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Small Firms Can Get SBA Real Estate Loans

San Diego small businesses don’t have to be tiny to qualify for the Small Business Administration’s owner-user commercial real estate loans , and they’d have to be huge not to qualify at all.

“If you are a Fortune 1,000, you will qualify,” said Ken Rosenthal, senior loan officer for CDC Small Business Finance, which administers the SBA’s 504 loan program.

A company’s net profit, after tax, averaged for the last two years, can’t exceed $2.5 million, in order to qualify.

“You have to be pretty darn huge, or have a bad accountant,” said Rosenthal. “I see one deal a year that doesn’t qualify. San Diego is the home of small business, so not many are too big.”

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The commercial properties the small businesses can qualify for are not necessarily Popsicle stands either.

“Small doesn’t mean ‘mom and pop,’ ” he said. “It can, but typically the smallest is $250,000 for the property, and good luck finding something that small. $1.3 million is the average project cost. But our deal size goes to $20 million.”

Ninety percent fixed-rate financing is available on office, industrial and medical buildings, with the bank holding the first mortgage for 50 percent of the total project, the CDC holding the second mortgage for 40 percent, with the borrower coming up with 10 percent as a down payment, said Rosenthal. The CDC money is guaranteed by the SBA.

These days, he said, it’s good business to buy.

“Mostly, companies that are renting have the opportunity to buy a building, and the mortgage payments are typically the same or less as rent,” said Rosenthal. “Because rates are so low, you’ve got lower payments. When you factor in the appreciation and write-offs, the net costs are definitely less than renting. It’s amazing to see the difference.”

While the 504 loans cover all types of commercial real estate, office condos are emerging as a hot commodity.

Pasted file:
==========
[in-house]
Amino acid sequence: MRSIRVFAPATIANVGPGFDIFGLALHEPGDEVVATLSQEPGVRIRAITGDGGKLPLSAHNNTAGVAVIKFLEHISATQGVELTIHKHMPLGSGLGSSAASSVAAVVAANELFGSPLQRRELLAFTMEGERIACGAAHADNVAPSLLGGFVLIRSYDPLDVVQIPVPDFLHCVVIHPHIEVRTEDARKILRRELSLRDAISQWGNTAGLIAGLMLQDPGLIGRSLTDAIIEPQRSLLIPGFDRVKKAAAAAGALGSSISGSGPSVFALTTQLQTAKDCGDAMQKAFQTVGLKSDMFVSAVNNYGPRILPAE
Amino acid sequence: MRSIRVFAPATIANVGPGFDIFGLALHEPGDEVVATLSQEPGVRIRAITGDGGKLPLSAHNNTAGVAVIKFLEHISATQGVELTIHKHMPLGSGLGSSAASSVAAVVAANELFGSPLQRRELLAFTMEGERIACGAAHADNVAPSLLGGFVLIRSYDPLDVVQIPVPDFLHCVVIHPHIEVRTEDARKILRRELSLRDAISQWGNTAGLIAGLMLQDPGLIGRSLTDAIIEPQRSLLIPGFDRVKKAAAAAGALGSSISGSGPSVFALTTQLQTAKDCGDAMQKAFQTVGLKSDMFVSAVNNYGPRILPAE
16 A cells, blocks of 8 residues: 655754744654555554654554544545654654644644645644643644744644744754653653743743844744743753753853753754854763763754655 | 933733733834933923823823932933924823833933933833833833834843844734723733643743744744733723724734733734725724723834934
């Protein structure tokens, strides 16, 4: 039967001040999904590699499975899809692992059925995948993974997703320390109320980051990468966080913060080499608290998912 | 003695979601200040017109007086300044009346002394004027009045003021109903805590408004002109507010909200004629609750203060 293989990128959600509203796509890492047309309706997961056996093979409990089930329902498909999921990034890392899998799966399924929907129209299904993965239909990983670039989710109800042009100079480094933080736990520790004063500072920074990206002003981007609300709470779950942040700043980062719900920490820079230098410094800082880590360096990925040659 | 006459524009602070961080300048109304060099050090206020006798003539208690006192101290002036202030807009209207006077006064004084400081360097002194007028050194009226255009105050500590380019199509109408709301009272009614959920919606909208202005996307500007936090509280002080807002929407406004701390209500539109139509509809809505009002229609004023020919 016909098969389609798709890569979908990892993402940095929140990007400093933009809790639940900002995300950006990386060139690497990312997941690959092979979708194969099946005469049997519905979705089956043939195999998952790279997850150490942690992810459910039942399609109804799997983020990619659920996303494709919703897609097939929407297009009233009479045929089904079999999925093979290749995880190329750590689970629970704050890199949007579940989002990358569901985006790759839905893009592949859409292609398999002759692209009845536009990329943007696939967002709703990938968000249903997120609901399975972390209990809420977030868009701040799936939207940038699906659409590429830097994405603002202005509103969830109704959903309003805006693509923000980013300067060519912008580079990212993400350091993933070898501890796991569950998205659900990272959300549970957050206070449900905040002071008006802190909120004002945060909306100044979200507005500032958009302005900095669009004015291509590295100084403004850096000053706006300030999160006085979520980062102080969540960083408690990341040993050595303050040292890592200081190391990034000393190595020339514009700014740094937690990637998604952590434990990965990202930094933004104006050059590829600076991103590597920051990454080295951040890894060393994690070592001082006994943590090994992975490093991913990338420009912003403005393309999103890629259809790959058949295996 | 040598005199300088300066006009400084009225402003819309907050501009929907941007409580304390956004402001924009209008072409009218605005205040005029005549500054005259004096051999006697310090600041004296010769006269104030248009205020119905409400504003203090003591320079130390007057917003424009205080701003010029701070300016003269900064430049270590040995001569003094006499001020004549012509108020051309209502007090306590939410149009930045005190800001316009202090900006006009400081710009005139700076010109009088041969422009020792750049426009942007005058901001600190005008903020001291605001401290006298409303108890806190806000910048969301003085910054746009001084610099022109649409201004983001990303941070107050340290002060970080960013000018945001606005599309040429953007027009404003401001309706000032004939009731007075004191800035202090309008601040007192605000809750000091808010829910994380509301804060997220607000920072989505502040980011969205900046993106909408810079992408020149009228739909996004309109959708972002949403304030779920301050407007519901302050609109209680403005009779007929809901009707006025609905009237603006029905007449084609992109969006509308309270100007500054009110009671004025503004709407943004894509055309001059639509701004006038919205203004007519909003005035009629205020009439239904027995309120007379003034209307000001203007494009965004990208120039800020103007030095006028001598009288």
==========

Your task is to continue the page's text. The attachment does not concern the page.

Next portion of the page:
“Three years ago, we didn’t do any office condos,” said Rosenthal. “But this time next year, a third will be office, industrial and medical condos. There are so many units.”

Small businesses that are contemplating taking the plunge and buying property should do their homework and get down to the basics, cautioned Glenn Arnold, a broker with San Diego-based Grubb & Ellis BRE/Commercial.

“When people don’t have a sense of clarity on when to buy, start with the fundamentals,” he said. “What are the occupancy costs on an after-tax basis to leasing versus owning? That is the most critical question.”

Lee Meyer, an independent insurance agent who owns his own agency in the South Bay area of San Diego, is taking advantage of his parent company’s loan program. He’s buying property in Marin County-based Venture Corp.’s $40 million office condo development in EastLake, now under construction in the South Bay , three units, about 1,850 square feet each, two to sell or rent out, one to occupy, ranging in price from $456,000 to $550,000.

“I’m almost doubling my usable space for the same net costs I’m paying right now, and that doesn’t include appreciation,” he said.

“When you’re a tenant, you have a lease and the terms of the lease benefit the owner, not the tenant,” said Meyer. “You have no wiggle room, no real rights. These multi-page documents are engineered by lawyers that leave you, as a tenant, with very few options. You don’t have anything except a tax deduction for rent. In ownership, you call the shots.

“I would have bought a long time ago, if I could have found the right thing,” he added. “There aren’t that many condo projects around , not in South Bay.”

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